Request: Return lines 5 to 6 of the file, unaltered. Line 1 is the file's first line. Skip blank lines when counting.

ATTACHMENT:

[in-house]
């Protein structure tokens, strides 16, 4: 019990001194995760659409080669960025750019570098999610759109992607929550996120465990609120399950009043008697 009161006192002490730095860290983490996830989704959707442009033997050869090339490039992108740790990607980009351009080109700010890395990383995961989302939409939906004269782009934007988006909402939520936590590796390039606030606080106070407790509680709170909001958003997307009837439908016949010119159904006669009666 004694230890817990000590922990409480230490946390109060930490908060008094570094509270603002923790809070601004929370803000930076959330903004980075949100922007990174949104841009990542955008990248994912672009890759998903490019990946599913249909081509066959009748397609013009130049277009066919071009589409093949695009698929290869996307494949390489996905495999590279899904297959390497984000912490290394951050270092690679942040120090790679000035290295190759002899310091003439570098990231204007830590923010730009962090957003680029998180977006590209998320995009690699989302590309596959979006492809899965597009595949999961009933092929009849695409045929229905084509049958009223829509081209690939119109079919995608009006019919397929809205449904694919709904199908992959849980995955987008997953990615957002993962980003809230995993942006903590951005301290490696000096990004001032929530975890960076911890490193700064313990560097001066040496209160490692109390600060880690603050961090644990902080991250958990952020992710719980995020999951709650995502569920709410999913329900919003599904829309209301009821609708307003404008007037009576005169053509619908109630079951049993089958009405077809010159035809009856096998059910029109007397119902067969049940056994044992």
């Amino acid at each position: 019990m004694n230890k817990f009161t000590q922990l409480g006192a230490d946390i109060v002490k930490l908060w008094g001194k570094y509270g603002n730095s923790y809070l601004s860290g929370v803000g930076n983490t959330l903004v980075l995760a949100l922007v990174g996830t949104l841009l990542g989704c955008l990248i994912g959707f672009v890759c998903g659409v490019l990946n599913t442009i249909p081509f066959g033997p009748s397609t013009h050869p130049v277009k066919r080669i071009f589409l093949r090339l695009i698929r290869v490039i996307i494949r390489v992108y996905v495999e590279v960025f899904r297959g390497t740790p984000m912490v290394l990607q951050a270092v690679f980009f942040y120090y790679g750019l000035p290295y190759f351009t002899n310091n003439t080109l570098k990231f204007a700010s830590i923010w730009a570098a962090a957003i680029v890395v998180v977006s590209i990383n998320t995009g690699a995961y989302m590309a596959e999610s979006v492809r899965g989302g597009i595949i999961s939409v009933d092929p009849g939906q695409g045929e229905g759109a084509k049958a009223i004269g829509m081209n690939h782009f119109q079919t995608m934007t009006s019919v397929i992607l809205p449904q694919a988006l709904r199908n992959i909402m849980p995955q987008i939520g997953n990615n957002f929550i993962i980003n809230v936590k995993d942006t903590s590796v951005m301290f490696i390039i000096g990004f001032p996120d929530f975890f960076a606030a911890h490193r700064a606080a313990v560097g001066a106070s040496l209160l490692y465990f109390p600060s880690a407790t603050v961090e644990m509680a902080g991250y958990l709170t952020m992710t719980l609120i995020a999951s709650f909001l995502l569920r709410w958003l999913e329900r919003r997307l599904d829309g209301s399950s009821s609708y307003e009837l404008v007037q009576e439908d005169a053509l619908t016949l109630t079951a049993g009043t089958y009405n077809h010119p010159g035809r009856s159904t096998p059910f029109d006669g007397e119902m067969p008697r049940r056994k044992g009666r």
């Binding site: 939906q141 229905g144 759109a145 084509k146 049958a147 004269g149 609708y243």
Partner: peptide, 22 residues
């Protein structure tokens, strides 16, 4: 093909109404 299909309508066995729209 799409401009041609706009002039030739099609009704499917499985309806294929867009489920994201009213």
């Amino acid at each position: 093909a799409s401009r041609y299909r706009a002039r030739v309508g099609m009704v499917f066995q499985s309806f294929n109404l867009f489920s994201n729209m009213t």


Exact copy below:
Partner: peptide, 22 residues
């Protein structure tokens, strides 16, 4: 093909109404 299909309508066995729209 799409401009041609706009002039030739099609009704499917499985309806294929867009489920994201009213």